Meeting new people can be scary. People are multifaceted and complex; there's a lot to learn. If you get a job in a new office or move to a new town, you're torn away from the people you're already familiar with and have to learn the ins and outs of a whole new set of people you will most likely come to hate.
We live in a high-tech world where everything gets refined and whittled down through brilliance and determination to be streamlined and exactly what it needs to be to function effortlessly. Why not bring that same level of engineering to social interaction?
This is why I propose that we make some slight alterations to the information we toss out when we meet new people. Giving out these bits of information will clear the air early on in a friendship to cut down the learning curve inherent in getting to know someone, and most importantly, it will make meeting people less of a waking nightmare for the socially awkward folks out there who view new people as terrorists dead set on suicide bombing their lives.
#4. Your Definition of "LOL"
Hi! I'm Marlene! When I LOL at you, it means I didn't actually read your joke. When I HAHA, it means I thought your joke was trash.
Only on the rarest of occasions do people use "LOL" literally, to mean they're actually laughing out loud. Most of the time, it's used as a general acknowledgment of humor. You noticed that the person you're texting said something that registered in your brain as a joke, but it didn't draw any kind of physical response from you. From the outside, there's nothing but indifference. In response, you type "LOL." It's a digital doggie treat: "You made a valiant effort at being funny; here's a reward."
"Now lick the peanut butter ..."
On the other hand, when someone texts you something that is genuinely funny and actually does get a physical response, the response that feels most appropriate is "LOL." Its usage is muddled by its rampant misuse.
If I'm meeting you for the first time and there's even a sliver of a chance that we will become close enough to communicate via text message, I want to know your primary definition of "LOL." I want to know if you're the kind of person who tosses it out with no regard for what that acronym can do to a person's ego. If we're texting and I say something somewhere in the area code of funny, are you going to throw me a "LOL" bone, or are you withholding your "LOL"s until I one day say something so goddamned hysterical that the only way to convey the level of nonstop hilarity you're in the midst of is by reducing the English language to base elements, hoping just three letters can encapsulate the euphoric laughter you're experiencing?
Or maybe you break it down into "LOL"s and "haha"s. Maybe "LOL" is generic and, as this trusty picture that's been floating on the Internet for years explains ...
... "haha"s are the true text-based signifier that actual laughter is going on on the other end of the phone, depending on how many "ha"s were included. Or maybe vice versa. Whatever. I want to know if you're actually laughing or if you're giving me the text equivalent of pity applause. It'll help me better understand your sense of humor. If I know what brings a genuine laugh out of you, I'll be more inclined to steer my sense of humor in that direction. If we're both working with the same definitions, we'll better understand each other, and you won't have to text me a pity "LOL" when I make a distasteful prison-rape joke that you're not too crazy about because you confused my brain by "LOL"ing my first 12 prison-rape jokes.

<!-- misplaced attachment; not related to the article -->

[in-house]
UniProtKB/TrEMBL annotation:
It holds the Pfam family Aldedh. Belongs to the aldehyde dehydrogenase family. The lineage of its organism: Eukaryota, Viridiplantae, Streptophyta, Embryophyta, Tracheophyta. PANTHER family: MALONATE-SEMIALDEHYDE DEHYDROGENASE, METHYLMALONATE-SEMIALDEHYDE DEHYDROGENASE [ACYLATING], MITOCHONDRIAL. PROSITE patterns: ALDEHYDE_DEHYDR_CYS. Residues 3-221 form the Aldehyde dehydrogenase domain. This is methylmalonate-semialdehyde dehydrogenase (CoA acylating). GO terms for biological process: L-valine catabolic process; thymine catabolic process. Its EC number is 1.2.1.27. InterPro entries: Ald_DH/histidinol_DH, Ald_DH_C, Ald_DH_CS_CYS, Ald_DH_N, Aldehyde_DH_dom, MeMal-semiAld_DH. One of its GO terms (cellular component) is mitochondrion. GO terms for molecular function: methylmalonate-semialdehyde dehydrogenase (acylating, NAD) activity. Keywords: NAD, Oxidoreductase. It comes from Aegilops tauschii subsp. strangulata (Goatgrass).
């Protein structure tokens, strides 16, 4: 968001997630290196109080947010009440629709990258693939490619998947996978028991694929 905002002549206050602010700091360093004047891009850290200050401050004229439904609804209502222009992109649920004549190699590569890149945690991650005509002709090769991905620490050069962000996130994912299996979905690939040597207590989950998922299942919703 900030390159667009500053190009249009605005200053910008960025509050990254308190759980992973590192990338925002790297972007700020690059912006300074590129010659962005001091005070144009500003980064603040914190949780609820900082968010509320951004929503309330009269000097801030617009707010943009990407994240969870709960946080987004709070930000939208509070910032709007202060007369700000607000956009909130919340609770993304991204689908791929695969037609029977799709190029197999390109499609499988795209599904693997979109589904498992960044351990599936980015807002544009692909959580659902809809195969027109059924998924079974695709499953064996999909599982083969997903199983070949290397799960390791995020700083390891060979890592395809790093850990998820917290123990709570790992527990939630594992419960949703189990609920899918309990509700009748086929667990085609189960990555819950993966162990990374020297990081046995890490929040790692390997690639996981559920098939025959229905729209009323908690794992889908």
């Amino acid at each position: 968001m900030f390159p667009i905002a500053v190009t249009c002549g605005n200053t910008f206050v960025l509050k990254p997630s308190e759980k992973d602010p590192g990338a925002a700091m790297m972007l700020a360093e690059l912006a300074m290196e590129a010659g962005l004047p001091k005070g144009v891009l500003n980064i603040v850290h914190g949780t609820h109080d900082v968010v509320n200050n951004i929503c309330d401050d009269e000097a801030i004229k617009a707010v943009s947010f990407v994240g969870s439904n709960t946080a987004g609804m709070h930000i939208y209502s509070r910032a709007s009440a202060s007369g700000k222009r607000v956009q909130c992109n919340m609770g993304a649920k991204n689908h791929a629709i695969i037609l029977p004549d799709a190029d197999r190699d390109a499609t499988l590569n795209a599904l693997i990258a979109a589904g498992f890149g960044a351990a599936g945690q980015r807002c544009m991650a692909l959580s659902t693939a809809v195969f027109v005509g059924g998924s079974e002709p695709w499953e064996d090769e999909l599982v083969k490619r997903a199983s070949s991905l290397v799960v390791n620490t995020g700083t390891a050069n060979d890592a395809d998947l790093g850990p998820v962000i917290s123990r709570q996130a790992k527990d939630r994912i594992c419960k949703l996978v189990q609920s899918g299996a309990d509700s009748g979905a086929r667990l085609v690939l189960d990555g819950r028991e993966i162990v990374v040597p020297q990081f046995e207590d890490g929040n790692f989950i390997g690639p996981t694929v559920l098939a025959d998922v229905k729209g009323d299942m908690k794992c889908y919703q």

#3. Your Preferred Handshake
Hi, I'm Jim. I'm traditionally a thumb-grab-into-fingertip-clench kind of guy. But if you're interested, we can choreograph a magnificent dance in celebration of our friendship. If you go for the latter, we should rent out a dance studio and buy breathable leggings.
You meet a new person, and they extend their hand to greet you. If you're lucky, your preferred handshake will sync perfectly with their preferred handshake. They went for a fist bump and your brain didn't seize, turning your hand into a confused claw that brushes against their hand like you're trying to rub a booger on them.
With so many styles out there, shaking someone's hand can be an impromptu game of Rock Paper Scissors with a nearly limitless combination of hand formations to be thrown and where the competitive aspect exists in the background instead of the foreground. Which hand-shape will win?
When we first meet someone new, we should establish some kind of handshake protocol specific to each other, or to one person's specific relation to a group. All handshake awkwardness can be avoided if we take a cue from professional basketball players, who seem to have so mastered the overly complicated handshake that it's become as natural of a hello as two dogs instinctively sniffing each other's butts.
I'm pretty sure LeBron James doesn't even know some of those teammates by name, but only as a series of hand gestures.
Astrid Stawiarz/Getty Images Entertainment/Getty Images
"Who? Oh, you mean slap, slap, brush dirt off shoulder, flail wildly, forearm bump, ass jiggle? Oh, yeah! I know him!"
NBA players are shaking hands with rockets, while the rest of us are banging stones together, overjoyed when a spark flies out. It's as if from the moment they meet they already have a rough draft of an elaborately choreographed hand-ballet ready to go, and it only needs to be refined throughout the course of the season.
We need an NBA-style understanding of handshakes, not just for initial meetings and greetings, but for every interaction from there on out -- a set of hand maneuvers established early on to avoid confusion.